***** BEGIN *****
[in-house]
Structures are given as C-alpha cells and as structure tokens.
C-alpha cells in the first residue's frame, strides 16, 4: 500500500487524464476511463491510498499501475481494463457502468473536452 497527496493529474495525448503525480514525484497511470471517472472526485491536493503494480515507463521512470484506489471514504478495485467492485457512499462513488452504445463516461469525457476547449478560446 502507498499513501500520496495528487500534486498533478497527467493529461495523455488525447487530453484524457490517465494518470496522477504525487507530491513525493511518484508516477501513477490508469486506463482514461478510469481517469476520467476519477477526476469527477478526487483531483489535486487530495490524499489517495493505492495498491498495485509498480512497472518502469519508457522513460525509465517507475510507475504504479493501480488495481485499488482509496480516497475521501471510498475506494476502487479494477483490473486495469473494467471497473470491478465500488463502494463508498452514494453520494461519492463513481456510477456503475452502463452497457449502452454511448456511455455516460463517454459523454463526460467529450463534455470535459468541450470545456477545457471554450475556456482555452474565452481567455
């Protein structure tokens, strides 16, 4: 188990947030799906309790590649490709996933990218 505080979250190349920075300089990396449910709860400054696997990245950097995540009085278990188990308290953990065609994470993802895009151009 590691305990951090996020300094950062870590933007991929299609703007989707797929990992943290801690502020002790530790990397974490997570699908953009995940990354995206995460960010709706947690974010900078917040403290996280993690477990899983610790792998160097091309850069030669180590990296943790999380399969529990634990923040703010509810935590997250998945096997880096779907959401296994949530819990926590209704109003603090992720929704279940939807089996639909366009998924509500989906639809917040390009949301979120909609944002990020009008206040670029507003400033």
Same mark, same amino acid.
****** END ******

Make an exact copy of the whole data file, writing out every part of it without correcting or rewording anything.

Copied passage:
[in-house]
Structures are given as C-alpha cells and as structure tokens.
C-alpha cells in the first residue's frame, strides 16, 4: 500500500487524464476511463491510498499501475481494463457502468473536452 497527496493529474495525448503525480514525484497511470471517472472526485491536493503494480515507463521512470484506489471514504478495485467492485457512499462513488452504445463516461469525457476547449478560446 502507498499513501500520496495528487500534486498533478497527467493529461495523455488525447487530453484524457490517465494518470496522477504525487507530491513525493511518484508516477501513477490508469486506463482514461478510469481517469476520467476519477477526476469527477478526487483531483489535486487530495490524499489517495493505492495498491498495485509498480512497472518502469519508457522513460525509465517507475510507475504504479493501480488495481485499488482509496480516497475521501471510498475506494476502487479494477483490473486495469473494467471497473470491478465500488463502494463508498452514494453520494461519492463513481456510477456503475452502463452497457449502452454511448456511455455516460463517454459523454463526460467529450463534455470535459468541450470545456477545457471554450475556456482555452474565452481567455
């Protein structure tokens, strides 16, 4: 188990947030799906309790590649490709996933990218 505080979250190349920075300089990396449910709860400054696997990245950097995540009085278990188990308290953990065609994470993802895009151009 590691305990951090996020300094950062870590933007991929299609703007989707797929990992943290801690502020002790530790990397974490997570699908953009995940990354995206995460960010709706947690974010900078917040403290996280993690477990899983610790792998160097091309850069030669180590990296943790999380399969529990634990923040703010509810935590997250998945096997880096779907959401296994949530819990926590209704109003603090992720929704279940939807089996639909366009998924509500989906639809917040390009949301979120909609944002990020009008206040670029507003400033």
Same mark, same amino acid.